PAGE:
GOTHENBURG -- Volvo will reveal the full-electric version of the XC40 before the end of the year, the company told Automotive News Europe at a safety event here last week. Officials declined to provide additional details.
Adding a battery-powered version of the compact SUV to the lineup is a crucial step for Volvo, which wants full-electric cars to account for half of its global sales by 2025.
The XC40 will be the first battery-driven model from the Swedish brand and the second full-electric vehicle from the Volvo Car Group. The first was the Polestar 2, which the group’s electrified performance brand debuted in February and revealed to the public at the Geneva auto show this month.
Both full-electric vehicles will be on the road by 2020.
In addition, both models will use the Compact Modular Architecture (CMA) that Volvo developed with Chinese sister brand Geely. CMA also underpins the 01, 02 and 03 from Lynk & CO. The trio of Lynk & CO cars accounted for more than 120,000 combined sales in China last year. The upstart brand, which is co-owned by Volvo Cars and Zhejiang Geely Holding, plans to open stores in five European cities next year.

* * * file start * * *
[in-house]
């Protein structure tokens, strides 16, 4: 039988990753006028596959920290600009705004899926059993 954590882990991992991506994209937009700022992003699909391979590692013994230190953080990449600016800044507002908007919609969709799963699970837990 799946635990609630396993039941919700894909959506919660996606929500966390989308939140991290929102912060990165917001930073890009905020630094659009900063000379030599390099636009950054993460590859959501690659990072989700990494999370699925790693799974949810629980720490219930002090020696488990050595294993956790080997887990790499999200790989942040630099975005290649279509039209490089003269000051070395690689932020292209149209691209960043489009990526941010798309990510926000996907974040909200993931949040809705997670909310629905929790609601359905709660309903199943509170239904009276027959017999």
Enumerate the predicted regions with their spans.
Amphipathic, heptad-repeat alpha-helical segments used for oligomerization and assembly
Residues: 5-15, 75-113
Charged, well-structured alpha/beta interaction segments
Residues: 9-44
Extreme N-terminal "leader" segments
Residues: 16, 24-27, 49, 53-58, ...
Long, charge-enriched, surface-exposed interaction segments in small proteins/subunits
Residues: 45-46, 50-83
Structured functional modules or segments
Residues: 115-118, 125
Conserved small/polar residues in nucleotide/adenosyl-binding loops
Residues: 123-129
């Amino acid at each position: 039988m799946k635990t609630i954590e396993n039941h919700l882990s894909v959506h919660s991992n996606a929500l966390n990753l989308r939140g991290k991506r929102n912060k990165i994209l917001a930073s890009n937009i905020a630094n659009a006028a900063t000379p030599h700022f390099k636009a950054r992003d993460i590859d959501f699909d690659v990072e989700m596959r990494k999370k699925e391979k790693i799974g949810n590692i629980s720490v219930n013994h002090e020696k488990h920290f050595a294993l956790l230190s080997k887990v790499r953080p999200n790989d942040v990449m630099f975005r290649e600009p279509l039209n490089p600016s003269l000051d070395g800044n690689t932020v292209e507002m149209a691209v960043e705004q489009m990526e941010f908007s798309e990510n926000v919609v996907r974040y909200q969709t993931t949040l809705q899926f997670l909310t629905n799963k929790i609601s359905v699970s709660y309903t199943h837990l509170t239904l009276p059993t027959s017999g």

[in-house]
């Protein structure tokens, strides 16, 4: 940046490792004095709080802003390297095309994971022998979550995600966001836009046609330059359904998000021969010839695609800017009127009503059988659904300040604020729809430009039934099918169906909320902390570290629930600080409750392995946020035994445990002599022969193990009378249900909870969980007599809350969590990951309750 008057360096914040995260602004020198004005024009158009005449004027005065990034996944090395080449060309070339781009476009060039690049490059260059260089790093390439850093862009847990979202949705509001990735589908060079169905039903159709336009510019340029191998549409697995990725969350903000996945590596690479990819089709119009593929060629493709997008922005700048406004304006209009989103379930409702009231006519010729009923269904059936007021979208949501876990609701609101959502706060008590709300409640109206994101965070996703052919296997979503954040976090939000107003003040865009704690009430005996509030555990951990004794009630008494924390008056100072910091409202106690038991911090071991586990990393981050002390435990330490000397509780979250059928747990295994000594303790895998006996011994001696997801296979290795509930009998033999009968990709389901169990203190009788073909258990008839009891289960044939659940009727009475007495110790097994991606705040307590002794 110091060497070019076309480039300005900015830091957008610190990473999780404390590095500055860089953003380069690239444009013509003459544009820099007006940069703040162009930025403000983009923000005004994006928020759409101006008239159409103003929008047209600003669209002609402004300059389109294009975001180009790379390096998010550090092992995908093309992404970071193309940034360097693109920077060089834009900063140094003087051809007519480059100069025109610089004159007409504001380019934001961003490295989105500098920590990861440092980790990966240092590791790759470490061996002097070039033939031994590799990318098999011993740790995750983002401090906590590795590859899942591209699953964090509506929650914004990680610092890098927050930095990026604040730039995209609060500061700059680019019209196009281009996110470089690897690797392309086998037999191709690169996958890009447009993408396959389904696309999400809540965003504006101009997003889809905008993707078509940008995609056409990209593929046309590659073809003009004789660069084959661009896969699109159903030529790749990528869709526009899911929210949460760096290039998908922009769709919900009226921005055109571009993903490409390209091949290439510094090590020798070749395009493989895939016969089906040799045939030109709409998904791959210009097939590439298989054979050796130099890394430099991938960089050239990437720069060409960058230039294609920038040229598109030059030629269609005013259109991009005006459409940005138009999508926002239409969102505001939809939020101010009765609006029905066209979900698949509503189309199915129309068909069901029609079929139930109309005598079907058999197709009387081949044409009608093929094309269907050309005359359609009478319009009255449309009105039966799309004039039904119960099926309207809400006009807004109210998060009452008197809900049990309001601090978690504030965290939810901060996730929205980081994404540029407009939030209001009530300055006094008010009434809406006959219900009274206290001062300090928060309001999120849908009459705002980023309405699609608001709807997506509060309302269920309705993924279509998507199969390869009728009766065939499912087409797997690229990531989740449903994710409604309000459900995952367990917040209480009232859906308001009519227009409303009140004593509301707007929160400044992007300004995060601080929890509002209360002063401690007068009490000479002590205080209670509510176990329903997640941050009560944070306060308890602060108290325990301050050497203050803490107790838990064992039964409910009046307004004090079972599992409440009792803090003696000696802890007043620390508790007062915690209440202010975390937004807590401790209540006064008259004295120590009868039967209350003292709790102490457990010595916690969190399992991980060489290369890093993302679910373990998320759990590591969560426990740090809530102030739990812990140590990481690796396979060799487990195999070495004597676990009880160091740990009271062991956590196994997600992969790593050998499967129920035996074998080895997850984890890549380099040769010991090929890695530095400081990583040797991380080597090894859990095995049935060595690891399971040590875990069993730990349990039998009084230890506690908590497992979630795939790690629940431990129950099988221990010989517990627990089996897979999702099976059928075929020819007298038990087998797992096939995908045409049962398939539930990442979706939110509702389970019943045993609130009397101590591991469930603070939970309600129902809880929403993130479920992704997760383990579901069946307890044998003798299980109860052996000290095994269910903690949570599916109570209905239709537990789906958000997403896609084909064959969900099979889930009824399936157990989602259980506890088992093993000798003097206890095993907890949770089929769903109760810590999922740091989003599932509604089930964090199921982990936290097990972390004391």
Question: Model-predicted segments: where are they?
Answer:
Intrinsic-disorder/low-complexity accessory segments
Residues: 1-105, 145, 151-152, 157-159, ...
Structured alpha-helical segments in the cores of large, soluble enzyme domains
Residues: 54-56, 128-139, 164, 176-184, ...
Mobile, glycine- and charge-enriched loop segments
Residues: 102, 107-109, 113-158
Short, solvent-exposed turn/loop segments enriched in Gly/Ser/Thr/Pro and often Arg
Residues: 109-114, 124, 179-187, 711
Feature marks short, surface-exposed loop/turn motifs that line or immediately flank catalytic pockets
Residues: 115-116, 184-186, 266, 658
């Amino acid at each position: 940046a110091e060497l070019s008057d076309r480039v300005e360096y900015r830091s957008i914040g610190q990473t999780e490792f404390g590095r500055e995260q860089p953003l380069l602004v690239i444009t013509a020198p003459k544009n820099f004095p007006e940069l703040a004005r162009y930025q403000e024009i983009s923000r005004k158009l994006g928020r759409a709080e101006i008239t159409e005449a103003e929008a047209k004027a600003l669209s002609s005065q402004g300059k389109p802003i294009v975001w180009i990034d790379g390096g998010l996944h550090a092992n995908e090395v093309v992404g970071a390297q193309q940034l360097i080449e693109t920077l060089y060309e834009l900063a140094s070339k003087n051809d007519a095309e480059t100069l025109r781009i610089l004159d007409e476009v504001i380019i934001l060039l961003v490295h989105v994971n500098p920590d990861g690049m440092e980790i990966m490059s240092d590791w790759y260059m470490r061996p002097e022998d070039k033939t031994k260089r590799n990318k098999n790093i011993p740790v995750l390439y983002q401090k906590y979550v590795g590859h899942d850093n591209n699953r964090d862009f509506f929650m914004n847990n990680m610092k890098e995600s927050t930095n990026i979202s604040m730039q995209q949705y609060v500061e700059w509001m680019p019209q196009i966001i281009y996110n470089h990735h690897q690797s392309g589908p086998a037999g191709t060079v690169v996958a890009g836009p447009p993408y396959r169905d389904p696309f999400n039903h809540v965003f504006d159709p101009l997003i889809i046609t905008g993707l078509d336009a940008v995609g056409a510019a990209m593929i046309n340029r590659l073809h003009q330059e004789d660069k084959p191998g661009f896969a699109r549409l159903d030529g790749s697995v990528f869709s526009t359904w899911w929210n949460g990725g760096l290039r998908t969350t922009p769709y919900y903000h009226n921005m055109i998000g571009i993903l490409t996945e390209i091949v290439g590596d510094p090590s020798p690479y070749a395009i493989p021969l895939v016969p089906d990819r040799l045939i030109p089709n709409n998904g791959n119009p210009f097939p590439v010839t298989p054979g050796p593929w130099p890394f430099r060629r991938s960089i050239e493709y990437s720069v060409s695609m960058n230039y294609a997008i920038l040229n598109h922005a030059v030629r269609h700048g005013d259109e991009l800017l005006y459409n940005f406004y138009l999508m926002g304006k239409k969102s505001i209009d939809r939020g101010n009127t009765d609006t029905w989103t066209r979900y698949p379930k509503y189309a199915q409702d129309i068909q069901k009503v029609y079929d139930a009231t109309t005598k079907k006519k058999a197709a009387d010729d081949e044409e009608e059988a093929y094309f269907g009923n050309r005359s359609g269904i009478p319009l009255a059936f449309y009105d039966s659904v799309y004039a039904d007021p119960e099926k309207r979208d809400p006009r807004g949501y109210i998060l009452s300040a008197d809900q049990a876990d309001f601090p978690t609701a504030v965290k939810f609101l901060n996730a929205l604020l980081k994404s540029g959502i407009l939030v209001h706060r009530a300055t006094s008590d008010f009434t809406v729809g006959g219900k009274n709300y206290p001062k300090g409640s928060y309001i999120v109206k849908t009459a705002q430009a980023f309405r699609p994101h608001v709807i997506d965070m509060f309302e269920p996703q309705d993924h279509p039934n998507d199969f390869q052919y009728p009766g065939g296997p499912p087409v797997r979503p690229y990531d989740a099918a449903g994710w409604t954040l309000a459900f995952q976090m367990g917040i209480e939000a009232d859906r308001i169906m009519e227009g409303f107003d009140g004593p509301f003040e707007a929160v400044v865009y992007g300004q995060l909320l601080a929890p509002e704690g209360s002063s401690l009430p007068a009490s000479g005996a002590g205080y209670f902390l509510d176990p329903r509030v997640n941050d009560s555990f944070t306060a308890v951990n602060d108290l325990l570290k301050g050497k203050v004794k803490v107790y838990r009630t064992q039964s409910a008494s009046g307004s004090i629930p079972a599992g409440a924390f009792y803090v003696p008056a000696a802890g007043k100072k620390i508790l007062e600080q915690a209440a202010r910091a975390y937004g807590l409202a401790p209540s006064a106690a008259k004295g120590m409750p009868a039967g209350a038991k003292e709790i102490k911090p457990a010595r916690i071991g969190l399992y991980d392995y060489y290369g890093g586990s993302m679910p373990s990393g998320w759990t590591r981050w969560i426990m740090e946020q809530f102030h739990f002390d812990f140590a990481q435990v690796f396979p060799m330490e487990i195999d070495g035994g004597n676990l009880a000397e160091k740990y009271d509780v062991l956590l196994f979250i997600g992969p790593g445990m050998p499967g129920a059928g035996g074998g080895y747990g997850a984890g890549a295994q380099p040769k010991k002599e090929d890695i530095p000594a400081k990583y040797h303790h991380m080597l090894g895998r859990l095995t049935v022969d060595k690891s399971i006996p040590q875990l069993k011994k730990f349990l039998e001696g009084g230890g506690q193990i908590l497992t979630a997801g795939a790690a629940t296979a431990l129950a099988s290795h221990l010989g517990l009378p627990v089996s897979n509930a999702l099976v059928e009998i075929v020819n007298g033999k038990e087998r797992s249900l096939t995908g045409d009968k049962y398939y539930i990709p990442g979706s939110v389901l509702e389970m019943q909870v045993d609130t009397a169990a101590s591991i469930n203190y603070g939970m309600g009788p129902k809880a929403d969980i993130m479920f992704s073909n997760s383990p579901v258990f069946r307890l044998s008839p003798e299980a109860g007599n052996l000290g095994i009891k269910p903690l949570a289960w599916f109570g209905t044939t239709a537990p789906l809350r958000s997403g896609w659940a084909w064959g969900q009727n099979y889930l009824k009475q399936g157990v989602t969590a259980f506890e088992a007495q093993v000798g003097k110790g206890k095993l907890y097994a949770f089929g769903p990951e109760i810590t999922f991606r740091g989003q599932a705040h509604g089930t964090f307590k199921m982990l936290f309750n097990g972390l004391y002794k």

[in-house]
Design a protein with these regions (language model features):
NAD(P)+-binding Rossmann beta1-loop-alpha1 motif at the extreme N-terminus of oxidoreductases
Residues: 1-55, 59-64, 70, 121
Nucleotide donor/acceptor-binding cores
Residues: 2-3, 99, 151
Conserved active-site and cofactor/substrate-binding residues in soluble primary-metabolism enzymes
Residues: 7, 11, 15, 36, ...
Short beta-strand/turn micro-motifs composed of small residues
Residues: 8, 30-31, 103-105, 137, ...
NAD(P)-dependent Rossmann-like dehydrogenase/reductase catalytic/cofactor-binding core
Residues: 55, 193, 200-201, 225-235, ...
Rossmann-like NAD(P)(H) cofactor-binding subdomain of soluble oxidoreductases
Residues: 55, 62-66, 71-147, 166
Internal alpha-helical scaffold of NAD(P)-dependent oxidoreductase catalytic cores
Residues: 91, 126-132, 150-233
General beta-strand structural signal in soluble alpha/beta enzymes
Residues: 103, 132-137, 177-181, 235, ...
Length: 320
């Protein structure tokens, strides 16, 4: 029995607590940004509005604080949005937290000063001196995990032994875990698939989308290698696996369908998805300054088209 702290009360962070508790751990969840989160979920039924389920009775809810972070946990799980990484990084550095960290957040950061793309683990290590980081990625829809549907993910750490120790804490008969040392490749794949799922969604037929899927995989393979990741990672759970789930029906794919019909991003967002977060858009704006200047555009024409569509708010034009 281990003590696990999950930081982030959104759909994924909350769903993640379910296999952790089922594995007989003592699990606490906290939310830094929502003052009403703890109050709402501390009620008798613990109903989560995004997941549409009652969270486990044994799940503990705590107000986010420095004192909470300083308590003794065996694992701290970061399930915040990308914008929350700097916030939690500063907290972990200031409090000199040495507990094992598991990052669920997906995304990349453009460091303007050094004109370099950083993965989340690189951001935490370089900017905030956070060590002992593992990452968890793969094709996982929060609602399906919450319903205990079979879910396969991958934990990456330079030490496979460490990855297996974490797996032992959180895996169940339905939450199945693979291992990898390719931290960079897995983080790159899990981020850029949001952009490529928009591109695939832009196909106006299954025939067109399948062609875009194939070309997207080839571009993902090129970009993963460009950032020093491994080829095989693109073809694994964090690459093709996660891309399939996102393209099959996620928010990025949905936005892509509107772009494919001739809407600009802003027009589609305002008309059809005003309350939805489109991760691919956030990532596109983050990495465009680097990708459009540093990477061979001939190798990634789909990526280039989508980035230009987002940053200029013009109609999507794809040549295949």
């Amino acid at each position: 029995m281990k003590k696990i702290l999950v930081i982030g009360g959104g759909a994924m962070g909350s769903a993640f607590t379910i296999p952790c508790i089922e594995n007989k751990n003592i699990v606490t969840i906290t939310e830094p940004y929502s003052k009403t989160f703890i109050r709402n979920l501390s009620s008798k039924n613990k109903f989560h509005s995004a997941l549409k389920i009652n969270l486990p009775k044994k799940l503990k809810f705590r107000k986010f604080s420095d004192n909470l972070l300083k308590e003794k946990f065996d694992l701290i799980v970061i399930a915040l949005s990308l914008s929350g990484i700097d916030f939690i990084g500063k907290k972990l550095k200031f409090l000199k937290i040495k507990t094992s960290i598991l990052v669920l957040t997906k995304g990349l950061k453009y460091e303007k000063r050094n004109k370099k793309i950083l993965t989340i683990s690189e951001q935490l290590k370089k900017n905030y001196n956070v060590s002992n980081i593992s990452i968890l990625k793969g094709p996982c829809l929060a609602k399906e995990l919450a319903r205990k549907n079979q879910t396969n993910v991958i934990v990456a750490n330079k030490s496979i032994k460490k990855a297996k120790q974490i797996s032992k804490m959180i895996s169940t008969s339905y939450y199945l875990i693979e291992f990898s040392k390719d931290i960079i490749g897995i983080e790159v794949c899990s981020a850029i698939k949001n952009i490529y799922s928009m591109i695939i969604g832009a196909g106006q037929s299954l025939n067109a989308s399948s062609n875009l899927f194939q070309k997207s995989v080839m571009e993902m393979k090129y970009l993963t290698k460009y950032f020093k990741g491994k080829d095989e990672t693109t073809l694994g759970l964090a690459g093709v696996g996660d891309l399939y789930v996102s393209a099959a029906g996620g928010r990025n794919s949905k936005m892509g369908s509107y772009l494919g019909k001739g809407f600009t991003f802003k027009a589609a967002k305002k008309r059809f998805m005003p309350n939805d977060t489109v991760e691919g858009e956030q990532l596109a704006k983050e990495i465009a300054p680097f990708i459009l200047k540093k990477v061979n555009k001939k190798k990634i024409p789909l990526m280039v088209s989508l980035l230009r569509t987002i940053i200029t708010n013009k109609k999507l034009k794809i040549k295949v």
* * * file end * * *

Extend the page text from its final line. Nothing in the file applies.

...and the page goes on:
The XC40, which was the 2018 European Car of the Year, is Volvo’s No. 2-selling model globally after its large sibling, the XC60.
Last month Volvo said the XC40 would also get two plug-in hybrid powertrain options, starting with a T5 Twin Engine variant and followed by the T4 Twin Engine.
Volvo CEO Hakan Samuelsson said he expects plug-in hybrids to account for up to 25 percent of global sales in the model lines that offer them. Currently about 10 percent to 15 percent of Volvo's global sales come from plug-in hybrids. The powertrain is offered in the XC90 and XC60 SUVs, V90 and V60 station wagons and the S90 and S60 sedans.